At the end of August, Johnson & Johnson (NYSE:JNJ) was ordered by Oklahoma judge Thad Balkman to pay $572 million for its role in the state’s opioid crisis. Since that Aug. 26 ruling, JNJ stock has actually moved a couple of dollars higher.
But the legal battles resulting from the opioid crisis are just getting started. Johnson & Johnson will appeal this decision, but the reality is that it will have to pay billions of dollar of legal fees, putting a damper on JNJ stock.
One only needs to look at the bankruptcy filing by OxyContin maker Purdue Pharma to know any company that sold these highly addictive drugs is in trouble.
Purdue has been spending more than $250 million annually on legal fees and other professional fees just to fight the various lawsuits against it. And while bankruptcy protection has effectively frozen all litigation against the company, many of Purdue’s plaintiffs continue to seek their days in court.
Another InvestorPlace columnist, Larry Ramer, recently went as far as suggesting investors ought to short JNJ stock because of the legal threats it currently faces.
“Let’s say the company has to pay, in total, $150 billion as a result of the talcum and opioid suits. Let’s also assume that insurance pays half of that total, leaving the company with a total liability of $75 billion,” Ramer wrote in a column published on Aug. 30.
If this were to come to pass, JNJ’s debt would increase three-fold. Worse, its reputation and its ability to attract customers would take a hit.
At the end of the day, JNJ, which currently has the largest market cap of any of the drug stocks in the S&P 500, is unlikely to go bankrupt as a result of its legal troubles.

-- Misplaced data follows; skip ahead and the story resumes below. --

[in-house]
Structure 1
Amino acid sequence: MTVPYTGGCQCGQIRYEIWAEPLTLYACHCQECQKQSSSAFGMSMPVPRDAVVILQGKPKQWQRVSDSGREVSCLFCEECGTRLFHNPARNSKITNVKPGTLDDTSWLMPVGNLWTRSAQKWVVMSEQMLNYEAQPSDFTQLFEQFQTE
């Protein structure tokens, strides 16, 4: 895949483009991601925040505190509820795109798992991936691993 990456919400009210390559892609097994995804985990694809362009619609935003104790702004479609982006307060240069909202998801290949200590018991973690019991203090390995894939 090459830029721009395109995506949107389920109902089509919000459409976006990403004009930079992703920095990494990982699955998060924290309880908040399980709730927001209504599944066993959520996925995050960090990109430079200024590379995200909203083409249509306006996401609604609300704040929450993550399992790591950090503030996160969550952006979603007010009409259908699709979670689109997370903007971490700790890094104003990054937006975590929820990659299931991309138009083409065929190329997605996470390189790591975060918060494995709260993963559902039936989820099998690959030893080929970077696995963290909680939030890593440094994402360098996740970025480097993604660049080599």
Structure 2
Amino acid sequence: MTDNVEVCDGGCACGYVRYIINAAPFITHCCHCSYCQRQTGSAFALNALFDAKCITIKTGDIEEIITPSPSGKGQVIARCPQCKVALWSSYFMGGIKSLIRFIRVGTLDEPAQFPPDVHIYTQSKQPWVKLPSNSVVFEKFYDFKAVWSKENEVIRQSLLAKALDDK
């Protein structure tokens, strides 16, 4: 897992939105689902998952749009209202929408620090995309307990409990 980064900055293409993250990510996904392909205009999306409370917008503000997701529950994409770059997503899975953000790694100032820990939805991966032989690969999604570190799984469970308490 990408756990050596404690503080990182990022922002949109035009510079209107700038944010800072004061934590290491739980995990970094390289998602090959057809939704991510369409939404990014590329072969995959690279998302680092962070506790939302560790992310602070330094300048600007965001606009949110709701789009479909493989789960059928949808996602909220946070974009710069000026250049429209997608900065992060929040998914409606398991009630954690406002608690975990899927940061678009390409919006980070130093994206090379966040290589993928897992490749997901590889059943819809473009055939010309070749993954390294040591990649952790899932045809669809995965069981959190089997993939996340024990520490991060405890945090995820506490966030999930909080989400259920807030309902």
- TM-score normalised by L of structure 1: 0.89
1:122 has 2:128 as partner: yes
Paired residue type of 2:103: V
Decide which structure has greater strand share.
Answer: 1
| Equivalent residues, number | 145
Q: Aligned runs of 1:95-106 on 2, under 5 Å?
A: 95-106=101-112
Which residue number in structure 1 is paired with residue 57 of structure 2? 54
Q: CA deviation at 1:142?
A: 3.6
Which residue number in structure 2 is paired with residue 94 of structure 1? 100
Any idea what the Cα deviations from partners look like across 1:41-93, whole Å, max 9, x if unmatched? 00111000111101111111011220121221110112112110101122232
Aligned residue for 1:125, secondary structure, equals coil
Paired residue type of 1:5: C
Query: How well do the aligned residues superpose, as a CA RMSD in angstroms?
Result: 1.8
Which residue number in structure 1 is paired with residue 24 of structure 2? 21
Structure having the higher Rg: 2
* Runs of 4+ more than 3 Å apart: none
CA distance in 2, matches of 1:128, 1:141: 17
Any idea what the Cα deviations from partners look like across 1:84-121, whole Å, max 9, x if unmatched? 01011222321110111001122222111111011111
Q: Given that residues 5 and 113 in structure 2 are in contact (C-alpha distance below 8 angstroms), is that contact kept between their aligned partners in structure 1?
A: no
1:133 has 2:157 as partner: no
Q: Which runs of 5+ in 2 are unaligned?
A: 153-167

However, it is likely to take a beating as the civil court judgments start piling up on both the talc and opioid front.
If you like Johnson & Johnson stock, but hate the lawsuits, I’d buy The Health Care SPDR (NYSEARCA:XLV) ETF to ride out the storm.
The Lesser of Two Evils
One of the great things about ETFs is they allow small investors to gain exposure to important industries and sectors through a bucket of stocks, rather than just buying one or two equities.
Of course, that cuts both ways. If you invest in an ETF with 100 equally-weighted positions, a stock that goes on a big run doesn’t make much of a dent in the ETF’s performance. However, the same holds true if a stock goes in the other direction.
Ideally, I would buy an ETF whose holdings of JNJ made up of 5%-7% of its portfolio. I’d also be looking for a fund with a management expense ratio of less than 0.25%, total assets of at least $1 billion, and fewer than 100 holdings.
The Health Care SPDR does the best job of meeting all of the criteria listed above.
First, and very importantly for believers in JNJ stock, it has a JNJ weighting of 10.10%, making it the number one holding of the $17.1 billion fund. Johnson & Johnson is the largest of XLV’s 62 holdings; its top ten holdings account for 50.2% of the overall portfolio.
XLV is big enough in terms of assets, has more than 5% of its assets invested in JNJ, has fewer than 100 total holdings, and most importantly, it has a management expense ratio of 0.13%, making it a very inexpensive way to protect against large losses while still gaining exposure to one of America’s most iconic drug companies.
At the time of this writing Will Ashworth did not hold a position in any of the aforementioned securities.